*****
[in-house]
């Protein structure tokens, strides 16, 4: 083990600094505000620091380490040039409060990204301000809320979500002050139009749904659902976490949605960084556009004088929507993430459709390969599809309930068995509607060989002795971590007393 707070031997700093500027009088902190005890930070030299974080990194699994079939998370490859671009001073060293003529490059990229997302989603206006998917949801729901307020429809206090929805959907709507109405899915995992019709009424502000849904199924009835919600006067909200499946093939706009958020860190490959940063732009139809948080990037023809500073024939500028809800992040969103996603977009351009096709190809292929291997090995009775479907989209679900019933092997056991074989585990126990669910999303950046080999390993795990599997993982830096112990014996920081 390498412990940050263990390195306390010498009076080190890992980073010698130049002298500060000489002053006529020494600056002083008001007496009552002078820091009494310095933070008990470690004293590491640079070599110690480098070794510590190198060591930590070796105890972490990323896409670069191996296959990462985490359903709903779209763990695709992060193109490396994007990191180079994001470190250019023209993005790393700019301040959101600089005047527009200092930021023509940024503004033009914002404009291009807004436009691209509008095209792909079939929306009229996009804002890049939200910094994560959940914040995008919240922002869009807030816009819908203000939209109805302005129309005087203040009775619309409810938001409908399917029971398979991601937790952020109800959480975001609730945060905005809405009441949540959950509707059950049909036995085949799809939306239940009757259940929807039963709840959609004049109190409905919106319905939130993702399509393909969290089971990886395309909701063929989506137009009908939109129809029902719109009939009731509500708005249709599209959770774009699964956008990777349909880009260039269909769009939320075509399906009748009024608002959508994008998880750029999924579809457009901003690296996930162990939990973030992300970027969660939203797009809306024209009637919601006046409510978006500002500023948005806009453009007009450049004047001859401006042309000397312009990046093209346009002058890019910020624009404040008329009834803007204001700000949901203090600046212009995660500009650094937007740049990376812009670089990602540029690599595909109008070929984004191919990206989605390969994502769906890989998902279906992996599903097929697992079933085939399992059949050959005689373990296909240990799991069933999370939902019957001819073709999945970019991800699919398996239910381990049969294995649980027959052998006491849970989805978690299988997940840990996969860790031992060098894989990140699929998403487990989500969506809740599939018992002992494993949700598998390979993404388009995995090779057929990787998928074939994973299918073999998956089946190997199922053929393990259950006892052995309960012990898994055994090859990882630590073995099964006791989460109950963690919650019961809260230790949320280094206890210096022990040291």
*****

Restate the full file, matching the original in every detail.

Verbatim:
[in-house]
């Protein structure tokens, strides 16, 4: 083990600094505000620091380490040039409060990204301000809320979500002050139009749904659902976490949605960084556009004088929507993430459709390969599809309930068995509607060989002795971590007393 707070031997700093500027009088902190005890930070030299974080990194699994079939998370490859671009001073060293003529490059990229997302989603206006998917949801729901307020429809206090929805959907709507109405899915995992019709009424502000849904199924009835919600006067909200499946093939706009958020860190490959940063732009139809948080990037023809500073024939500028809800992040969103996603977009351009096709190809292929291997090995009775479907989209679900019933092997056991074989585990126990669910999303950046080999390993795990599997993982830096112990014996920081 390498412990940050263990390195306390010498009076080190890992980073010698130049002298500060000489002053006529020494600056002083008001007496009552002078820091009494310095933070008990470690004293590491640079070599110690480098070794510590190198060591930590070796105890972490990323896409670069191996296959990462985490359903709903779209763990695709992060193109490396994007990191180079994001470190250019023209993005790393700019301040959101600089005047527009200092930021023509940024503004033009914002404009291009807004436009691209509008095209792909079939929306009229996009804002890049939200910094994560959940914040995008919240922002869009807030816009819908203000939209109805302005129309005087203040009775619309409810938001409908399917029971398979991601937790952020109800959480975001609730945060905005809405009441949540959950509707059950049909036995085949799809939306239940009757259940929807039963709840959609004049109190409905919106319905939130993702399509393909969290089971990886395309909701063929989506137009009908939109129809029902719109009939009731509500708005249709599209959770774009699964956008990777349909880009260039269909769009939320075509399906009748009024608002959508994008998880750029999924579809457009901003690296996930162990939990973030992300970027969660939203797009809306024209009637919601006046409510978006500002500023948005806009453009007009450049004047001859401006042309000397312009990046093209346009002058890019910020624009404040008329009834803007204001700000949901203090600046212009995660500009650094937007740049990376812009670089990602540029690599595909109008070929984004191919990206989605390969994502769906890989998902279906992996599903097929697992079933085939399992059949050959005689373990296909240990799991069933999370939902019957001819073709999945970019991800699919398996239910381990049969294995649980027959052998006491849970989805978690299988997940840990996969860790031992060098894989990140699929998403487990989500969506809740599939018992002992494993949700598998390979993404388009995995090779057929990787998928074939994973299918073999998956089946190997199922053929393990259950006892052995309960012990898994055994090859990882630590073995099964006791989460109950963690919650019961809260230790949320280094206890210096022990040291």